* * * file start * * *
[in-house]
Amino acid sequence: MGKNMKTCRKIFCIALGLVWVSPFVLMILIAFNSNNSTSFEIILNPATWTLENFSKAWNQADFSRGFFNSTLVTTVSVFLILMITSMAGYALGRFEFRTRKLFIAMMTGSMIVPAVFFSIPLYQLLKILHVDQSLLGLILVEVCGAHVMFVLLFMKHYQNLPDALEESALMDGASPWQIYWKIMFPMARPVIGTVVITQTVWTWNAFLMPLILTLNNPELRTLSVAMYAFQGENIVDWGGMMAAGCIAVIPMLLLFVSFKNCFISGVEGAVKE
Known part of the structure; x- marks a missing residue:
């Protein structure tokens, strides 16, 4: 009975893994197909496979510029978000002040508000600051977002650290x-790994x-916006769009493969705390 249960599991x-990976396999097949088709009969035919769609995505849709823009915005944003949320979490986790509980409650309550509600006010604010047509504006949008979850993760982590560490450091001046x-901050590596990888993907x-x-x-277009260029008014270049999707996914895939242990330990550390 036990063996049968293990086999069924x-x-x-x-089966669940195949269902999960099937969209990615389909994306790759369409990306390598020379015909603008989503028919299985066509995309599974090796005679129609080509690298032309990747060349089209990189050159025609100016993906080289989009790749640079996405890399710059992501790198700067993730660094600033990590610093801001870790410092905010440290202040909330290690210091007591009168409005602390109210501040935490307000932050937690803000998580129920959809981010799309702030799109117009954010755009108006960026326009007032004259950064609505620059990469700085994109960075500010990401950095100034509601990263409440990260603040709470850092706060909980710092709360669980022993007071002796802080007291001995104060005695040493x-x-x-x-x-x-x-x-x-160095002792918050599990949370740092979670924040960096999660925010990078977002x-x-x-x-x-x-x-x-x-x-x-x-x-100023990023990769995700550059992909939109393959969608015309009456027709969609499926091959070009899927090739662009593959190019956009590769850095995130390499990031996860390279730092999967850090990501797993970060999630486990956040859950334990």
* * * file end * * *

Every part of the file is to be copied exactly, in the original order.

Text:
[in-house]
Amino acid sequence: MGKNMKTCRKIFCIALGLVWVSPFVLMILIAFNSNNSTSFEIILNPATWTLENFSKAWNQADFSRGFFNSTLVTTVSVFLILMITSMAGYALGRFEFRTRKLFIAMMTGSMIVPAVFFSIPLYQLLKILHVDQSLLGLILVEVCGAHVMFVLLFMKHYQNLPDALEESALMDGASPWQIYWKIMFPMARPVIGTVVITQTVWTWNAFLMPLILTLNNPELRTLSVAMYAFQGENIVDWGGMMAAGCIAVIPMLLLFVSFKNCFISGVEGAVKE
Known part of the structure; x- marks a missing residue:
């Protein structure tokens, strides 16, 4: 009975893994197909496979510029978000002040508000600051977002650290x-790994x-916006769009493969705390 249960599991x-990976396999097949088709009969035919769609995505849709823009915005944003949320979490986790509980409650309550509600006010604010047509504006949008979850993760982590560490450091001046x-901050590596990888993907x-x-x-277009260029008014270049999707996914895939242990330990550390 036990063996049968293990086999069924x-x-x-x-089966669940195949269902999960099937969209990615389909994306790759369409990306390598020379015909603008989503028919299985066509995309599974090796005679129609080509690298032309990747060349089209990189050159025609100016993906080289989009790749640079996405890399710059992501790198700067993730660094600033990590610093801001870790410092905010440290202040909330290690210091007591009168409005602390109210501040935490307000932050937690803000998580129920959809981010799309702030799109117009954010755009108006960026326009007032004259950064609505620059990469700085994109960075500010990401950095100034509601990263409440990260603040709470850092706060909980710092709360669980022993007071002796802080007291001995104060005695040493x-x-x-x-x-x-x-x-x-160095002792918050599990949370740092979670924040960096999660925010990078977002x-x-x-x-x-x-x-x-x-x-x-x-x-100023990023990769995700550059992909939109393959969608015309009456027709969609499926091959070009899927090739662009593959190019956009590769850095995130390499990031996860390279730092999967850090990501797993970060999630486990956040859950334990």